I realized that I really think about photography in terms of the classic focal lengths — 35 / 50 / 85 / 100 / 135. This article explains what I think about when I think about focal length.
35mm film / full frame equivalents are used throughout this article.
Also known as a “normal lens” — more on this later. I suppose it matches the central area of what the eye can focus on, or something like this — people say it mimics the way the eyes sees.
Maybe there’s some truth to this. If I’m about 3 to 5 feet (1–2 meters) away from someone — a nice comfortable distance — 50mm gives me a nice portrait orientation view of them that feels undistorted.
It feels personal, intimate — one person interacting with another person in a completely normal way. What I see of them is about what I would expect to see of them at that distance.
Henri Cartier-Bresson favored the 50mm field of view. He said of 90mm — “It cuts much of the foreground” and of 35mm “splendid when needed, but extremely difficult to use if you want precision in composition.”
[50mm] corresponds to a certain vision and at the same time has enough depth of focus. — Henri Cartier-Bresson
We tell every generation of photography students that 50mm should be their first lens — the “nifty fifty”. I met one photographer who had a 50mm on an APS-C camera — when I explained to her that it was really a 75mm equivalent, she said “That explains why I keep having to back up to take the photo I want.” If only she got a 50mm equivalent lens, she’d be happy.
I do think there’s something about the 50mm field of view that just feels natural. (“hold that thought.”)
I tend to think of 35mm as 50mm with “wings” — at the same distance, I turn the camera to landscape orientation, have roughly the same view of the person, but with a bit of the environment around them.
It’s also one of the classic focal lengths for street photography and reportage — it’s a photo of the guy coming out of the courthouse in handcuffs, with a cop on either side. It gives you the subject and the environment.
I love this focal length for events — since you’re mostly photographing people interacting with each other. It’s wide enough to give you a few people in a shot and a sense of the environment, but tight enough that you’re close to the action.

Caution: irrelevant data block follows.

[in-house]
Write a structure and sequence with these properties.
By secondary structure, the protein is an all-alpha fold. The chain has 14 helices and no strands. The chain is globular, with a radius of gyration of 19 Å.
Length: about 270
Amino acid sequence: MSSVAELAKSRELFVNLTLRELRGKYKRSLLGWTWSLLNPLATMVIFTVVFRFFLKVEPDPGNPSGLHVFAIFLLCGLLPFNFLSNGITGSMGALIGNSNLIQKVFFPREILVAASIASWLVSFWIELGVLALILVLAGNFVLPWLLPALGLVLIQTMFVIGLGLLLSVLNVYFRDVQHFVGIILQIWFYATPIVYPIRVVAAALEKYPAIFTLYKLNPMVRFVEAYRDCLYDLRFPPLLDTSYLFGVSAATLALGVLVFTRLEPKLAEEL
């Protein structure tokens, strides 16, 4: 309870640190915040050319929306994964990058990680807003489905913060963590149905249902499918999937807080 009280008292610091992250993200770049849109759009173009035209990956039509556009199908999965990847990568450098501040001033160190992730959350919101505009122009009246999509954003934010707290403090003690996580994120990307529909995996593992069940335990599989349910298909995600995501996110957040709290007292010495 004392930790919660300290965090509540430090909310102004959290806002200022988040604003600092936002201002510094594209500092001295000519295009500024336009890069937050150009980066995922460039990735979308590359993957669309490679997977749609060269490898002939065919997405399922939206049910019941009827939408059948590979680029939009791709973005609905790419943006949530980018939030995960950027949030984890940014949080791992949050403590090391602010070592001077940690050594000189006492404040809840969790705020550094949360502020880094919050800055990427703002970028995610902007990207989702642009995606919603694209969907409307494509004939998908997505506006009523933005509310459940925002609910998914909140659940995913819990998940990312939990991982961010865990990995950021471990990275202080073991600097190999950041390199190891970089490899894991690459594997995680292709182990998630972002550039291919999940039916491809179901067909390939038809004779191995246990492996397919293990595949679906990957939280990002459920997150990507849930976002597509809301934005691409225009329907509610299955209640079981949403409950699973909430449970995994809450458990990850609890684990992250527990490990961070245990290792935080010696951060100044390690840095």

It is a beautiful lens at times when needed by what you see. But very often it is used by people who want to shout. Because you have a distortion, you have somebody in the foreground and it gives an effect. But I don’t like effects. — Henri Cartier Bresson
85mm (and 75mm)
At the same 4 or 5 feet (1–2 meters) away, I’m now taking a portrait — a photo of their face and shoulders with upper chest.
This focal length (and longer) is better for full body — you have to back up far enough that you’re no longer looking down at their legs, which makes the subject appear more normally proportioned than with a 50mm.
50mm isn’t good for full body in portrait orientation — you’re too close, you’re either looking up at their face or down at their feet, which makes their legs look short.
85mm is considered a classic focal length for portraits — you’re far enough away to get a bit of perspective compression, but close enough for it to feel intimate.
For me, 75mm is the perfect short telephoto focal length — simply because my studio is only about 18 feet long and I can’t back up any more to get a full body shot.
Sort of more of the same — more extreme perspective distortion than with 85mm (I’ll explain what perspective distortion is in a bit).
I tend to think of this as the “high end clothing catalog look.” At this distance, you’re not looking down at the subject’s feet anymore when shooting full body. This focal length begins to impart a “larger than life” look — just a bit flattened, which leads to an unapproachable feeling. I suppose in some ways it’s a luxury focal length — you need to be able to afford the space to back up far enough to use it!
I also enjoy this focal length for taking pictures of the buildings in NYC — if a building is half a block away and the light is hitting it in an interesting way — 100mm is a good focal length to capture that. (75mm for taking photos of buildings feels a bit like how 35mm feels compared to 50mm — you get a bit more of the environment.)
When something is further away, it appears to be flatter.
Create a “claw” with your hand, as if you’re holding an apple. Bring it so the thumb is as close to your eye as is comfortable — very close. Your thumb is abnormally large in relation to the rest of your hand.
Now hold this hand shape and bring your hand to full arm’s length — it now seems flat in comparison.
This is because the relative ratio has changed. If your thumb was 1 inch (3cm) away from your eye, and your pinky 4 inches (12cm)away, it was a 4:1 ratio.
When you bring your arm to its full length, your thumb is maybe 20 inches (51cm) away from your eye, and your pinky 24 inches (61 cm) away. This is a 5:6 ratio. As you get closer to 1:1 things appear more and more flat (1:1 would be completely flat — no difference between front and back).
This flattening of things that are far away is known as “perspective compression.”
You don’t normally notice this perspective compression because the object is farther from you. It’s not flat, it’s just far. But with telephoto lenses, you can artificially bring that object closer to you, so that flatness you’re normally not aware of is exaggerated because the object is seemingly brought closer to you — but it’s still as flat as it would be as if it was far away.
Some people get confused about this because the term is “distortion” — which is most often used in photography to discuss problems with lenses, but this is more to do with the way we perceive the world and the way photography can warp that perspective — which is half the fun of photography (for me anyway).